(CN)- The proposed settlement of a class action against Kellogg Company for falsely advertising that Frosted Mini Wheats improve kids’ attention in school is light on details and improperly awards attorneys $2 million, or $2,100 per hour, the 9th Circuit ruled Friday.
“Not even the most highly sought after attorneys charge such rates to their clients,” wrote Judge Stephen Trott in a unanimous ruling vacating the $10.6 million deal.
Kellogg agreed to settle after being hit with one class action in California and threatened with another in Ohio. The plaintiffs argued that the company made misleading and scientifically suspect assertions in a 2008 advertising campaign that said school-age children could improve their attentiveness by nearly 20 percent by eating Frosted Mini Wheats for breakfast. Kellogg eventually agreed to refund class members between $5 and $15 each (out of a fund of $2.75 million), and to pay more than $5 million to unspecified charities that provide food to the poor. The company also agreed to pay the plaintiffs’ attorneys $2 million for 944.5 hours of work on the case.
Presiding U.S. District Judge Irma Gonzalez approved the settlement in San Diego, despite objections filed by two class members.
Finding the $5 million cy pres award vague and the attorney fees excessive, the federal appeal court in Pasadena rejected the settlement and remanded the action.
“At oral argument, Kellogg’s counsel frequently asserted that donating food to charities who feed the indigent relates to the underlying class claims because this case is about ‘the nutritional value of food,'” Trott wrote. “With respect, that is simply not true, and saying it repeatedly does not make it so. The complaint nowhere alleged that the cereal was unhealthy or lacked nutritional value. And no law allows a consumer to sue a company for selling cereal that does not improve attentiveness. The gravamen of this lawsuit is that Kellogg advertised that its cereal did improve attentiveness.”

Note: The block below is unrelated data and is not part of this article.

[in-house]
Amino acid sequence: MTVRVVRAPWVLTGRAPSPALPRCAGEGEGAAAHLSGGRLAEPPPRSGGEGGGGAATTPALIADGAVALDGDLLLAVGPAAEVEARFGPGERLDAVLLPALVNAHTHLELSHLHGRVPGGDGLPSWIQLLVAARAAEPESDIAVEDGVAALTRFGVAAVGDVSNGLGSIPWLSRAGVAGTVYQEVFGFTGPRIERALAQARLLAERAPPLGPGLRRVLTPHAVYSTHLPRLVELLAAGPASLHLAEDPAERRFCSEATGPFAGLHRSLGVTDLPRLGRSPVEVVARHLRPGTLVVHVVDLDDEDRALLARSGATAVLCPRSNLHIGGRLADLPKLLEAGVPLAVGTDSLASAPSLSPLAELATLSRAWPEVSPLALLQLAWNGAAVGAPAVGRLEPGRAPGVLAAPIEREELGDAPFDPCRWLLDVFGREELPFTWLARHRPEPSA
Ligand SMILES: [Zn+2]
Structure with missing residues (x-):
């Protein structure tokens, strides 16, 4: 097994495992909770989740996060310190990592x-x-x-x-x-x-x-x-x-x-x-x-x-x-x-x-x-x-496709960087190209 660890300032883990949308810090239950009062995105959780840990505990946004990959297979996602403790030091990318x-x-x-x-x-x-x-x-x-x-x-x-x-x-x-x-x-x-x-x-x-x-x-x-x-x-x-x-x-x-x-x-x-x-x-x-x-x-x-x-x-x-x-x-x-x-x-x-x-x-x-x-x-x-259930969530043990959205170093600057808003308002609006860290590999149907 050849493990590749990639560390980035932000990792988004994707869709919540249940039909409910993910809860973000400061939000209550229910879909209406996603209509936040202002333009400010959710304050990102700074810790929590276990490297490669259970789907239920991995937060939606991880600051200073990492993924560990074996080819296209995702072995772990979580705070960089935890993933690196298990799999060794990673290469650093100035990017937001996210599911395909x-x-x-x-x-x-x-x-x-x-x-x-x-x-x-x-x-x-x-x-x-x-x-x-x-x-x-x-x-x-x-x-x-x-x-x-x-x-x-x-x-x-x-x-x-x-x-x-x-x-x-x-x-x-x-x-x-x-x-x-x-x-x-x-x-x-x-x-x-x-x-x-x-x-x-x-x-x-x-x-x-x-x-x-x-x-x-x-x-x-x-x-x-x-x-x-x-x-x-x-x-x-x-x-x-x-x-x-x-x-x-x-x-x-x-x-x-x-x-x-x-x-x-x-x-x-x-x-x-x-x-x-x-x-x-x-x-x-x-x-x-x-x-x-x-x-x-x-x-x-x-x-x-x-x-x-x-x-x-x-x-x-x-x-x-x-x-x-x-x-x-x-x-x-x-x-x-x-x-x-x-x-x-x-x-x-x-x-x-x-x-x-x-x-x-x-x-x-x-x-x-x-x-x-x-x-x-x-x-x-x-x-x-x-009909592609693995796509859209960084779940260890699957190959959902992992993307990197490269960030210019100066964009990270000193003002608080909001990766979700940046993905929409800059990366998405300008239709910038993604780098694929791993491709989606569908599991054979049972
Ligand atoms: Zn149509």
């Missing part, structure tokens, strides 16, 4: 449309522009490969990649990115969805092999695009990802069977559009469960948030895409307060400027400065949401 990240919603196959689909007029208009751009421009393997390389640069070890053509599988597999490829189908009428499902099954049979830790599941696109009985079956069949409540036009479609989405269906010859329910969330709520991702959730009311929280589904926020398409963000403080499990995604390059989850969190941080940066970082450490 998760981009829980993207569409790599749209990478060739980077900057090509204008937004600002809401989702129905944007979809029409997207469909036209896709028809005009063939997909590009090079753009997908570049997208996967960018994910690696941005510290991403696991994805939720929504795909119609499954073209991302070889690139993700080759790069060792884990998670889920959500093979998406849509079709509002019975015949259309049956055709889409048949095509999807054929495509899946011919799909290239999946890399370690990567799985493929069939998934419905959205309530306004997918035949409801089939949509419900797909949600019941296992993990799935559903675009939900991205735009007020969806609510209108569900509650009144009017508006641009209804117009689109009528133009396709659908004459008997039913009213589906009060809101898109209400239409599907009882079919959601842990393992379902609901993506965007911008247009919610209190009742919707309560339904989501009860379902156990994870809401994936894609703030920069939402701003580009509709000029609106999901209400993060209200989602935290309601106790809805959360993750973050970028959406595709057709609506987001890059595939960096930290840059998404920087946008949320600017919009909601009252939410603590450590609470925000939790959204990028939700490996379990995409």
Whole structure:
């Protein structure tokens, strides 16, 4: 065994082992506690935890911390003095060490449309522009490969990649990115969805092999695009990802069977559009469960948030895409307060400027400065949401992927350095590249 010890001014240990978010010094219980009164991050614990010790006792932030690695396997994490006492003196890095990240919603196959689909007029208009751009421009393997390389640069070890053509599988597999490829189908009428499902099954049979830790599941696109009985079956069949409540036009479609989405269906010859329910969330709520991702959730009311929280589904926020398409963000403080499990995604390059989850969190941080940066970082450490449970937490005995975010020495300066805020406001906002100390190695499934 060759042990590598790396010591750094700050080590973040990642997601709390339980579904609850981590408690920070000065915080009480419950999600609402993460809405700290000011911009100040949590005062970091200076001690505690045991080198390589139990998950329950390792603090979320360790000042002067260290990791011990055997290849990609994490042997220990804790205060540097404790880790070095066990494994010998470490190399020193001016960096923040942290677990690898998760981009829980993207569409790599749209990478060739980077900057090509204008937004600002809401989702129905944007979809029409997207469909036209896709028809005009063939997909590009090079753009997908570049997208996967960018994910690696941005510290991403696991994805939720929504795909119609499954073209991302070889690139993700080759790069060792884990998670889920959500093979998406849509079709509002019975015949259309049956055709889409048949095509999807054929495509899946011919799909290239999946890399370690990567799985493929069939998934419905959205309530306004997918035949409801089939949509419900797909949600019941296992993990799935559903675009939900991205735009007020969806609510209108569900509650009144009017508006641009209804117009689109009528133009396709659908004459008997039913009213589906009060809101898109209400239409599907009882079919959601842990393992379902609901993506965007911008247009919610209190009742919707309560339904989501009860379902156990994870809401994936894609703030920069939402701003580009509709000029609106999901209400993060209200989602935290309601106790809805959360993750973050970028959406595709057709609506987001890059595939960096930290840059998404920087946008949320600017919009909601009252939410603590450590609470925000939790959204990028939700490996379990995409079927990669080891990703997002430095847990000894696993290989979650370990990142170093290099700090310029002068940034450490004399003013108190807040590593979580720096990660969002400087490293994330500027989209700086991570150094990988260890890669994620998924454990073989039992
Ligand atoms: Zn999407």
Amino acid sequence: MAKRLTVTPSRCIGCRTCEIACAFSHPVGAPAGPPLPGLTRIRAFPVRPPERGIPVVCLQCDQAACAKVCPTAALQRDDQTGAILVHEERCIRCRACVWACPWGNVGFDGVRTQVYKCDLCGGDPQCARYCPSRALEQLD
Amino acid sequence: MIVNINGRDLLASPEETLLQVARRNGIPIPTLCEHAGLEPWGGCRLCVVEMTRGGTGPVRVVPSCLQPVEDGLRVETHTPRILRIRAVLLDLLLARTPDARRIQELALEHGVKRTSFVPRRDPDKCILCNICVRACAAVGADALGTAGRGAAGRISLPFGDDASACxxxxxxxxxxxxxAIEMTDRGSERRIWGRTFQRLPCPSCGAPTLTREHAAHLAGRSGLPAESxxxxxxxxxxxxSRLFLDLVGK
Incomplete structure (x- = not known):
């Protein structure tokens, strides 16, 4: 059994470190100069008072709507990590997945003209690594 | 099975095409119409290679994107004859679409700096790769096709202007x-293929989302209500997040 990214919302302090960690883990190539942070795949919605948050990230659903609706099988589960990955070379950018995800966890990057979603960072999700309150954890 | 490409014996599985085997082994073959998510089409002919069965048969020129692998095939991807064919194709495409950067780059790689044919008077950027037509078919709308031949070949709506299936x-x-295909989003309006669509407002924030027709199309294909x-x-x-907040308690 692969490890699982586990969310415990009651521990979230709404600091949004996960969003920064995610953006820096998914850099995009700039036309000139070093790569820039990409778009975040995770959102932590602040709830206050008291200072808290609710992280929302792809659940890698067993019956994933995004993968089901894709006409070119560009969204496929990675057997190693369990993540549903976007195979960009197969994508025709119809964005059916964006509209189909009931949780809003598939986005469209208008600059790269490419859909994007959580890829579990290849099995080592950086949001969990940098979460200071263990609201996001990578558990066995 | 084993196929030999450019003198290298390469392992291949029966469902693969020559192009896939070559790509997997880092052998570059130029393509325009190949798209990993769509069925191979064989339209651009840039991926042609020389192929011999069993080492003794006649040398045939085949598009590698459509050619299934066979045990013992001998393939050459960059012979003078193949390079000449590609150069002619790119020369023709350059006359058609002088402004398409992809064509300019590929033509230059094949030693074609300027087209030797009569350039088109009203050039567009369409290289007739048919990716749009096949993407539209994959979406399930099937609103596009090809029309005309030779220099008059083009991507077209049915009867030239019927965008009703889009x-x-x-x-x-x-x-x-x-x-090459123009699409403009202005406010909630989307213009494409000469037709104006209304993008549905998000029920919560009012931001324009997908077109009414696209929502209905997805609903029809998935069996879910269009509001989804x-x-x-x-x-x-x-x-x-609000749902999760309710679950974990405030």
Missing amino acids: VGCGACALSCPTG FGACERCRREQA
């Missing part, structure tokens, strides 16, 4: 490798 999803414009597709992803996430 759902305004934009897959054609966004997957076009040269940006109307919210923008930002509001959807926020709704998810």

The money should go to charities “dedicated to protecting consumers from, or redressing injuries caused by, false advertising,” according to the panel.
Noting that, had the plaintiffs’ attorneys charged on an hourly basis, the fees would have come to $459,000, rather than $2 million, the panel found the award “extremely generous to counsel.”
“Class counsel and Kellogg ask us for the impossible – a verdict before the trial,” Trott wrote “They essentially say, ‘Just trust us.Uphold the settlement now, and we’ll tell you what it is later.’ But that is not how appellate review works. The settlement provides no assurance that the charities to whom the money and food will be distributed will bear any nexus to the plaintiff class or to their false advertising claims and therefore violates our well-established standards governing cy pres awards. Moreover, the attorneys’ fees are impermissibly high considering what the defective settlement provides the class. The District Court’s contrary conclusions were an abuse of discretion.”